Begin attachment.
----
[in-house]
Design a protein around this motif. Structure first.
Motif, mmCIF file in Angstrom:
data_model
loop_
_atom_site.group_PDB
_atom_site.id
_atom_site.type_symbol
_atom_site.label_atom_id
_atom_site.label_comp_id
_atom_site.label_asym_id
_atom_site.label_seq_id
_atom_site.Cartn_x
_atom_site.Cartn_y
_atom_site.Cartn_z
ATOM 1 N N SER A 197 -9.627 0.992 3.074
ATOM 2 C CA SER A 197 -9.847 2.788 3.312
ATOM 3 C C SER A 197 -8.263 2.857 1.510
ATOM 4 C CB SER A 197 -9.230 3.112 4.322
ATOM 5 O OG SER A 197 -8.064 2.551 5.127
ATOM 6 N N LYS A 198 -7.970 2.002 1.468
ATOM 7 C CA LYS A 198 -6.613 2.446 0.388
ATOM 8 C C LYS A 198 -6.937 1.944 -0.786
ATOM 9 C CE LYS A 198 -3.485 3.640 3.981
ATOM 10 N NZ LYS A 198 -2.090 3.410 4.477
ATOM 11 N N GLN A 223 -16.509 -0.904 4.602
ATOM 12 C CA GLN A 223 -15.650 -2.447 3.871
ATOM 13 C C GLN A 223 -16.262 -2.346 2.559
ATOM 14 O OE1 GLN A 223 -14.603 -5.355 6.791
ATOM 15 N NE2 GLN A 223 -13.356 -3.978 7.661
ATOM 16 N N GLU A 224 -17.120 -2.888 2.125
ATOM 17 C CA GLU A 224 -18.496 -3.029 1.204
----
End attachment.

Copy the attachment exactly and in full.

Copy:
[in-house]
Design a protein around this motif. Structure first.
Motif, mmCIF file in Angstrom:
data_model
loop_
_atom_site.group_PDB
_atom_site.id
_atom_site.type_symbol
_atom_site.label_atom_id
_atom_site.label_comp_id
_atom_site.label_asym_id
_atom_site.label_seq_id
_atom_site.Cartn_x
_atom_site.Cartn_y
_atom_site.Cartn_z
ATOM 1 N N SER A 197 -9.627 0.992 3.074
ATOM 2 C CA SER A 197 -9.847 2.788 3.312
ATOM 3 C C SER A 197 -8.263 2.857 1.510
ATOM 4 C CB SER A 197 -9.230 3.112 4.322
ATOM 5 O OG SER A 197 -8.064 2.551 5.127
ATOM 6 N N LYS A 198 -7.970 2.002 1.468
ATOM 7 C CA LYS A 198 -6.613 2.446 0.388
ATOM 8 C C LYS A 198 -6.937 1.944 -0.786
ATOM 9 C CE LYS A 198 -3.485 3.640 3.981
ATOM 10 N NZ LYS A 198 -2.090 3.410 4.477
ATOM 11 N N GLN A 223 -16.509 -0.904 4.602
ATOM 12 C CA GLN A 223 -15.650 -2.447 3.871
ATOM 13 C C GLN A 223 -16.262 -2.346 2.559
ATOM 14 O OE1 GLN A 223 -14.603 -5.355 6.791
ATOM 15 N NE2 GLN A 223 -13.356 -3.978 7.661
ATOM 16 N N GLU A 224 -17.120 -2.888 2.125
ATOM 17 C CA GLU A 224 -18.496 -3.029 1.204